4. This was very interesting to read, and I am on the same page as the above commenters. The only reason I have a Google+ is because during my summer internship, my team had a project that we had to finish and the group chose to meet over Google Hangouts. I had to create a Google+ account in order to use Google Hangouts, so I made my profile but have not looked at it since. The two main reasons for this as others have pointed out are that 1) Google+ does not have a big enough community of people I know, and 2) I simply do not have the time to procrastinate on Facebook AND Google+. I would say that these reasons are common among many other social media users, which is why I do not think that Facebook should be concerned for the near future. Maybe if more people start exploring Google+ and realizing how awesome it is the community will start to grow exponentially. Therefore, Facebook should certainly not count out Google+ as a worthy competitor just yet.

  5. I agree with the realization that there simply aren’t enough people on Google+ to make it worthwhile. But I do think it is important that most of us have had some exposure to the site and already have accounts (whether it was for a project, curiosity or to get gmail). This means that if our friends ever migrated to Google+ (it would take a big blunder from Facebook), it would be very easy for us to start using our dormant accounts and Google+ could really take off. Not sure this will ever happen though.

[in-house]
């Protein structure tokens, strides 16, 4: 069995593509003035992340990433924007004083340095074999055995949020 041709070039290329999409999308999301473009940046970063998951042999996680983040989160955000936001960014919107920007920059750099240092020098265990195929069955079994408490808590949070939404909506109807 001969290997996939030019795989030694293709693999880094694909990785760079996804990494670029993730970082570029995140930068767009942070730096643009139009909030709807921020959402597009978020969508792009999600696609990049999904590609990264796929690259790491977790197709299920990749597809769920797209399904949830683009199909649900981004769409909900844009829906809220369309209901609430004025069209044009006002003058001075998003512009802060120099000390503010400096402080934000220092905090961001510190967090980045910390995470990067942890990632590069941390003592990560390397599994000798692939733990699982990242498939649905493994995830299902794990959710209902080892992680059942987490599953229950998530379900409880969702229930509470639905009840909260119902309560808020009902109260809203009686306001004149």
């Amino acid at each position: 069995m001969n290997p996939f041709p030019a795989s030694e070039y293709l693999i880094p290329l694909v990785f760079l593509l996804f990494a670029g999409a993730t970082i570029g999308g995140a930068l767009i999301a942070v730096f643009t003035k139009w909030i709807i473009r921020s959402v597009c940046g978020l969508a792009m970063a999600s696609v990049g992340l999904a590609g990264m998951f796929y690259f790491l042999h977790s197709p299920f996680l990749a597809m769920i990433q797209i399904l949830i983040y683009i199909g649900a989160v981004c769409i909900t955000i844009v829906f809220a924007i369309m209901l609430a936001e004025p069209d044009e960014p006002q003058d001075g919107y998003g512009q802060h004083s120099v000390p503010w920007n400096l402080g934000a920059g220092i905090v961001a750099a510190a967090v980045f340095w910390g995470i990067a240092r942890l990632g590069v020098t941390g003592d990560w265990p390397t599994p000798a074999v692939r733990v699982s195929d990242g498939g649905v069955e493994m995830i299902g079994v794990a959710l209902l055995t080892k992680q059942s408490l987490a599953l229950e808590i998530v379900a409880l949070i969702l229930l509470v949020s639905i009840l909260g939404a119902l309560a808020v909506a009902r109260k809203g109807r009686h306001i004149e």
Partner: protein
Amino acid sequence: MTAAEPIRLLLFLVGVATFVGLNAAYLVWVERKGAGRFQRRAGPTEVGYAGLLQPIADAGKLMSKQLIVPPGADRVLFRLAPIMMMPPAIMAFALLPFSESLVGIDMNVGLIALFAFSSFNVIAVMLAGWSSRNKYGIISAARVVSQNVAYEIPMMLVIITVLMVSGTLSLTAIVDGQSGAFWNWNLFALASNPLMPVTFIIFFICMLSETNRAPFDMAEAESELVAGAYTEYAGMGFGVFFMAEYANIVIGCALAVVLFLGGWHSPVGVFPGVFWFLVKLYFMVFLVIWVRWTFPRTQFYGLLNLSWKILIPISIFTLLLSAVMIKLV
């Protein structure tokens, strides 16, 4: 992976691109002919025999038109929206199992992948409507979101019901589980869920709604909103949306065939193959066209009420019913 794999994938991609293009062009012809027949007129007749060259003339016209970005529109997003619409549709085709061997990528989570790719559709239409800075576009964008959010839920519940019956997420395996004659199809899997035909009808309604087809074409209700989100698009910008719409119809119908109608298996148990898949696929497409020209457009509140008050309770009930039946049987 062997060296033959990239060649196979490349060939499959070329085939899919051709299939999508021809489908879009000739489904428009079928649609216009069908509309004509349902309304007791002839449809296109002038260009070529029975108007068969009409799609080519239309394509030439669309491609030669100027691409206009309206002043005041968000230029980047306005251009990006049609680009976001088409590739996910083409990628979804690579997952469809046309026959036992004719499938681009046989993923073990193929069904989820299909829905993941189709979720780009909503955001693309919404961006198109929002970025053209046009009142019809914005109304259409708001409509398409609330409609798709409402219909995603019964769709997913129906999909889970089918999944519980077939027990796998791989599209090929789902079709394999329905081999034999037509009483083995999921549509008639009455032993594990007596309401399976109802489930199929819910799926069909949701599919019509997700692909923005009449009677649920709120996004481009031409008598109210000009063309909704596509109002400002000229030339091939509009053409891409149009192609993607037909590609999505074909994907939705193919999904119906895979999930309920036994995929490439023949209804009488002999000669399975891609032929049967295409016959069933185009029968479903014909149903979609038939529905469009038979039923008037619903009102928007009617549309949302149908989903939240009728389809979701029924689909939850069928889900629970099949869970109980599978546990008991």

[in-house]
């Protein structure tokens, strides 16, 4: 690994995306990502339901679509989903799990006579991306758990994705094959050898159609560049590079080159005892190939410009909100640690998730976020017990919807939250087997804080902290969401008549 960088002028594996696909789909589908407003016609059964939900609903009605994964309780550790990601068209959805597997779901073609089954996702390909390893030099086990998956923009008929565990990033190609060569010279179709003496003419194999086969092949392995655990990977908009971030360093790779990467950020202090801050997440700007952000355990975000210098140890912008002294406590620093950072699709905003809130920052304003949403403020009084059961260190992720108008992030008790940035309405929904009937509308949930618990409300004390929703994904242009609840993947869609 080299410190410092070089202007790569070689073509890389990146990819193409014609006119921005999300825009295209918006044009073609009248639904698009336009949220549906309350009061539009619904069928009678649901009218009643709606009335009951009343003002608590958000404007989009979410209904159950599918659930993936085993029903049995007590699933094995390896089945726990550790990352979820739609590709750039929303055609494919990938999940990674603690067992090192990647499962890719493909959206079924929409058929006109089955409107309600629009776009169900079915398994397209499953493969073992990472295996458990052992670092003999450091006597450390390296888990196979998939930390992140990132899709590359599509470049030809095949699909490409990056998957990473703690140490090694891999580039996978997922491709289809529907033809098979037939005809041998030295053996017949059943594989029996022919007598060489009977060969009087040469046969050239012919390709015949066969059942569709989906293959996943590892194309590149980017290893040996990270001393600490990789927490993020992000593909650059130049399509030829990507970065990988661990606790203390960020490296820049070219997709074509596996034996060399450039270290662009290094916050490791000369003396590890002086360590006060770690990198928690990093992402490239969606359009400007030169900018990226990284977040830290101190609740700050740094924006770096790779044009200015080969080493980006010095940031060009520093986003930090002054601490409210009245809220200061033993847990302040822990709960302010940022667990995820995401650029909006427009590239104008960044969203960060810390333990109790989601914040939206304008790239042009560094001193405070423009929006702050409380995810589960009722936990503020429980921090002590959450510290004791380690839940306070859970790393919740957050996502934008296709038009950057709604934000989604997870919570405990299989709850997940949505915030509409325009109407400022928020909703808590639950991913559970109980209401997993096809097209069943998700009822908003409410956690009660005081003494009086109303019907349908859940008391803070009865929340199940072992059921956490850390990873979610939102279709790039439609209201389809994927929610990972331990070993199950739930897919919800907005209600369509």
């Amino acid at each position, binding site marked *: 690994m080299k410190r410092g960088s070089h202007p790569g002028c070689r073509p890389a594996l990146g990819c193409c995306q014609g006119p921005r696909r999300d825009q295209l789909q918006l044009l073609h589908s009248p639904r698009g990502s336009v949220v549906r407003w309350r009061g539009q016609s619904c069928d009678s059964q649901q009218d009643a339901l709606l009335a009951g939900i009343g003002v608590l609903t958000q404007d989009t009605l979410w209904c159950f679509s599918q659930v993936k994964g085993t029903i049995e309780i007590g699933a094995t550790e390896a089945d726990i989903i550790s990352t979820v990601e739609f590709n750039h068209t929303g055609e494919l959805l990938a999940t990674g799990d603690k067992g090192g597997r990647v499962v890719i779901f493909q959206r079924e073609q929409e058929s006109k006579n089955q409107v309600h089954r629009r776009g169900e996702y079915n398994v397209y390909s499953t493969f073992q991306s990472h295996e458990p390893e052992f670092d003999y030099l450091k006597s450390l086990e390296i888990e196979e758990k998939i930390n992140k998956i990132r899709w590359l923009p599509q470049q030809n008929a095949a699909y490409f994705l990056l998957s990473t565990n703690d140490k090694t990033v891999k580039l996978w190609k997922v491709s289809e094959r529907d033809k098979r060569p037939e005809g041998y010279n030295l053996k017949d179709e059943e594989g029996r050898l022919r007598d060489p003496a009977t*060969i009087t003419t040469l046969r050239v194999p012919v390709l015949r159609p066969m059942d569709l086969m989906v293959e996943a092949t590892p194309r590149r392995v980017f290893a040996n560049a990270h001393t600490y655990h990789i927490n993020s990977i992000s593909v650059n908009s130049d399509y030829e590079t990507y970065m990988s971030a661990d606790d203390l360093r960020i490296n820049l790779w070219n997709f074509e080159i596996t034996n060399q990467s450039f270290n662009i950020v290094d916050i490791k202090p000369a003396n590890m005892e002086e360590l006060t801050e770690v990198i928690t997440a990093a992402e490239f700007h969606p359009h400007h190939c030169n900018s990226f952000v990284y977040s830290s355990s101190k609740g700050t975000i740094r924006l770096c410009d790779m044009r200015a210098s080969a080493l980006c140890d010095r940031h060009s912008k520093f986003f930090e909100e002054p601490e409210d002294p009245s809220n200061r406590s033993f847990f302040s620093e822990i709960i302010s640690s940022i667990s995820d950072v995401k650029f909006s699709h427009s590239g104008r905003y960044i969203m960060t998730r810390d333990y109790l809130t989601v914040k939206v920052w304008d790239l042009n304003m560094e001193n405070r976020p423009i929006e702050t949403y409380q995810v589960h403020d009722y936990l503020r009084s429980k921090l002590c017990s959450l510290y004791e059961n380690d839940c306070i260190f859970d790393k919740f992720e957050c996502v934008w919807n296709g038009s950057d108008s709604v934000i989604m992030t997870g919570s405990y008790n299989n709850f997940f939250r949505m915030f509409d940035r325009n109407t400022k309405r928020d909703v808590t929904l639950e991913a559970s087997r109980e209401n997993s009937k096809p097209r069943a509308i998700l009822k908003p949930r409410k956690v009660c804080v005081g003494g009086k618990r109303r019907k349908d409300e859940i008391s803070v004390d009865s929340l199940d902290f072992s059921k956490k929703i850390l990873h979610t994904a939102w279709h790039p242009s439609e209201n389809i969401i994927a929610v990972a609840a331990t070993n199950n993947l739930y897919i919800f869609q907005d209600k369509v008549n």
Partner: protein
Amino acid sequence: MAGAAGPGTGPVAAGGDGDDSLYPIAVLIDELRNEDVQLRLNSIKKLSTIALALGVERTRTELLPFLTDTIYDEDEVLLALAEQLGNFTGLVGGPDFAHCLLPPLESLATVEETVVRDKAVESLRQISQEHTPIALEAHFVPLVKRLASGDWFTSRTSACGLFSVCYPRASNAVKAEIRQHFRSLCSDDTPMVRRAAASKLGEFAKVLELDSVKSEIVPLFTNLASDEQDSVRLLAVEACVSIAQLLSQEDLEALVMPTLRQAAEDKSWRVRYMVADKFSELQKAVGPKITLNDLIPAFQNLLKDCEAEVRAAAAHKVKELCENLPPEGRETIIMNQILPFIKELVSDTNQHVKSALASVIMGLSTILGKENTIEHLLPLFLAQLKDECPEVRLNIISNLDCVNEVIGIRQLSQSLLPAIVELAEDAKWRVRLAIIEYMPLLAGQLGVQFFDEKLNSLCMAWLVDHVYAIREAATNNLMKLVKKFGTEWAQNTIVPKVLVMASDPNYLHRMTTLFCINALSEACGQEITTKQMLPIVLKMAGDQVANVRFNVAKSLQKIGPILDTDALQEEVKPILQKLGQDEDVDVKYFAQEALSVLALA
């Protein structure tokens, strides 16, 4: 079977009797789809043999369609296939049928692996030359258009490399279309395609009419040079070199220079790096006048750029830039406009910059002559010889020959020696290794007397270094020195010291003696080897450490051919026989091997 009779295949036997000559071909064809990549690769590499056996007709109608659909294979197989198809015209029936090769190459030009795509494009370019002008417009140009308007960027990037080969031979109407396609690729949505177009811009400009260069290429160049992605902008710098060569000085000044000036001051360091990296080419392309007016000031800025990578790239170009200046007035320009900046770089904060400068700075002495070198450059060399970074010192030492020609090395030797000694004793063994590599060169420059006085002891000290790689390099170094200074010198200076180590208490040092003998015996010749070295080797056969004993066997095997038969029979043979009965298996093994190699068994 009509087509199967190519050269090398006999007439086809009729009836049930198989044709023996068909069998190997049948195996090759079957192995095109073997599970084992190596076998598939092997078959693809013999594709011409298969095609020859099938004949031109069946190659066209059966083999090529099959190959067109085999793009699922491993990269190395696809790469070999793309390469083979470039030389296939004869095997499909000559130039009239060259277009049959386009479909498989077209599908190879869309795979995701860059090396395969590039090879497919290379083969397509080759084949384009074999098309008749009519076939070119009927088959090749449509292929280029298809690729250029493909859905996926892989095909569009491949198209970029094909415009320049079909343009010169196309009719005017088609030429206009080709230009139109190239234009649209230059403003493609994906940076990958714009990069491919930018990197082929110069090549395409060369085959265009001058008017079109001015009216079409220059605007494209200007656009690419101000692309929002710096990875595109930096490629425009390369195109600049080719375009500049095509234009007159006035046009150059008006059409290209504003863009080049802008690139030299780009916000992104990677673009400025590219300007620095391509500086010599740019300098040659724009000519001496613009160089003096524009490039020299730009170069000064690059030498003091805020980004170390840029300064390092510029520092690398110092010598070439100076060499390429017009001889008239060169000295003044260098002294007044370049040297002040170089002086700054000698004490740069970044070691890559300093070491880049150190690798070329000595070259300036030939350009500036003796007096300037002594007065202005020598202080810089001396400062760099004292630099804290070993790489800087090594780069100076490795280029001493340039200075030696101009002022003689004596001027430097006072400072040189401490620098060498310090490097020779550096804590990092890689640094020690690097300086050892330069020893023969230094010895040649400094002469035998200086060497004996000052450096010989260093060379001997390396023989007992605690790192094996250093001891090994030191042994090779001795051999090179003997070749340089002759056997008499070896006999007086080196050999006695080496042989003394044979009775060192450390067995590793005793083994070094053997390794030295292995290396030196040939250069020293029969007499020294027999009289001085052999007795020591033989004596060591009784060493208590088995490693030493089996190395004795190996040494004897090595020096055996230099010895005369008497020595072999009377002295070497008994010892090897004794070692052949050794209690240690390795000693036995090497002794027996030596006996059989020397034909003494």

6. Nice post, James. I think that part of the reason that Google+ may be the second biggest social network is because of how many people have gmail accounts. I know that I have a Google+ account that I have litteraly only used once or twice, I only made it when I noticed the “+” button on my Google toolbar and once again for a Google hangout. I will say that the Google hangout was really cool and I think Google is in a much better posistion to add innovative features to their social network. However, I don’t see Google+ ever really reaching the level that Facebook has just because of the switching costs, like you mentioned in your post.

  7. Great post! I think you bring up a lot of really valid points and your description of the way online communities are formed at Google v. Facebook was particularly fascinating. When I was working on marketing efforts for higher education, we found that facebook and twitter were much better vehicles for getting our message out in the US, but Google + was huge for prospective students abroad. In your research did you come across any data about how Google + is fairing overseas compared to Facebook?

  8. Regardless of the viability of Google+ in its current form, I doubt that Google will be giving up on trying to have something in this space to compete with the likes of Facebook.

    I agree that the user base on Google+ leaves a lot to be desired, and to be honest, I would not personally be interested in having another Facebook-like site, regardless of features (unless I suppose if others were supportive).

    It will be interesting to see how long Google makes a go of it (similiar to how long Apple iTunes Ping service) using Google+ or if they might be willing to try it in a different form (through a new portal, acquisition, or partnership). Great read!

  9. Very interesting topic! I remember being invited to Google+ Sophomore year. I was surprised that it did not catch on with people around school, especially since most people that I knew had gmail accounts and used google “for everything else” as you say here. I agree with your point that Google+ is the next form of social networking after Facebook. There seems to be no reason not to if you can do more in the hangout circles and it is easy to migrate. Knowing Google, they will probably just acquire more companies to make this the next form of social networking after Facebook.